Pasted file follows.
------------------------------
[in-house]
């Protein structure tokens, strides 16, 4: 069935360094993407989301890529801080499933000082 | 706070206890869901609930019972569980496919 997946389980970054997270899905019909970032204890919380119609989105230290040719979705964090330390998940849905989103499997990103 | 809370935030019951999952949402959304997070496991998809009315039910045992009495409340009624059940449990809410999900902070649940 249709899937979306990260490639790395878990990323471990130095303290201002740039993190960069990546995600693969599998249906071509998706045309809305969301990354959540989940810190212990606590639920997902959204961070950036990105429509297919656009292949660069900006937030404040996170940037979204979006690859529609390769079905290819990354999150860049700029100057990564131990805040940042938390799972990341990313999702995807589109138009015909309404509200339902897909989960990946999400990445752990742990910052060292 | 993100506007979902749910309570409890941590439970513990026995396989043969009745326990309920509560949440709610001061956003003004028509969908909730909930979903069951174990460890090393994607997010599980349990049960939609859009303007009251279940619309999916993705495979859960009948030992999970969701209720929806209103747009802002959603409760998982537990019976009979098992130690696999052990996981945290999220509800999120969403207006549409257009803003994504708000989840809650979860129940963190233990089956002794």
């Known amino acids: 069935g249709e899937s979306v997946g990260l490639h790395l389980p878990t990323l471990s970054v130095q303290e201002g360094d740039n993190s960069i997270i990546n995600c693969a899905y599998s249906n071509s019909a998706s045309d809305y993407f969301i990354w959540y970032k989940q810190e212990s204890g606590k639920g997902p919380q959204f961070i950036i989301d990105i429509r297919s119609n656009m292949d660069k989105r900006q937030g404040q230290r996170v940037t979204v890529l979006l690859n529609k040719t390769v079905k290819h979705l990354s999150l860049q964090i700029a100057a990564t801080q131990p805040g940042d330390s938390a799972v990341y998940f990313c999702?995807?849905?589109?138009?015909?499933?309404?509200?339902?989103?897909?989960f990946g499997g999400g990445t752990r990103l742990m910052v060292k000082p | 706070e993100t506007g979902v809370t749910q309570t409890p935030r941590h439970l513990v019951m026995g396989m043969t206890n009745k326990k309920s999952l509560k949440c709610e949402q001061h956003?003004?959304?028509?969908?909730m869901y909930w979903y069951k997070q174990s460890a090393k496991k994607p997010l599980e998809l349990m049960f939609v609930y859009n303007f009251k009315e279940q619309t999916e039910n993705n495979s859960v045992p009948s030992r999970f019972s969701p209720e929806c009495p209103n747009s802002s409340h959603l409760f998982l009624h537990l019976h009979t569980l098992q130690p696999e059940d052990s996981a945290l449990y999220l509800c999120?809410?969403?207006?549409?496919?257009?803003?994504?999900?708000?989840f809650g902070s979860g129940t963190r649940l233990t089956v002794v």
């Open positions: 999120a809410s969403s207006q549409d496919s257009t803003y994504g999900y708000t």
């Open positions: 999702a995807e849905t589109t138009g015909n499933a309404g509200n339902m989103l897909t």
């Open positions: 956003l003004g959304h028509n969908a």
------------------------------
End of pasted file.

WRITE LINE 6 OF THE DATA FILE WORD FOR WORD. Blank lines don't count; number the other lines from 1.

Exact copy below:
């Open positions: 956003l003004g959304h028509n969908a």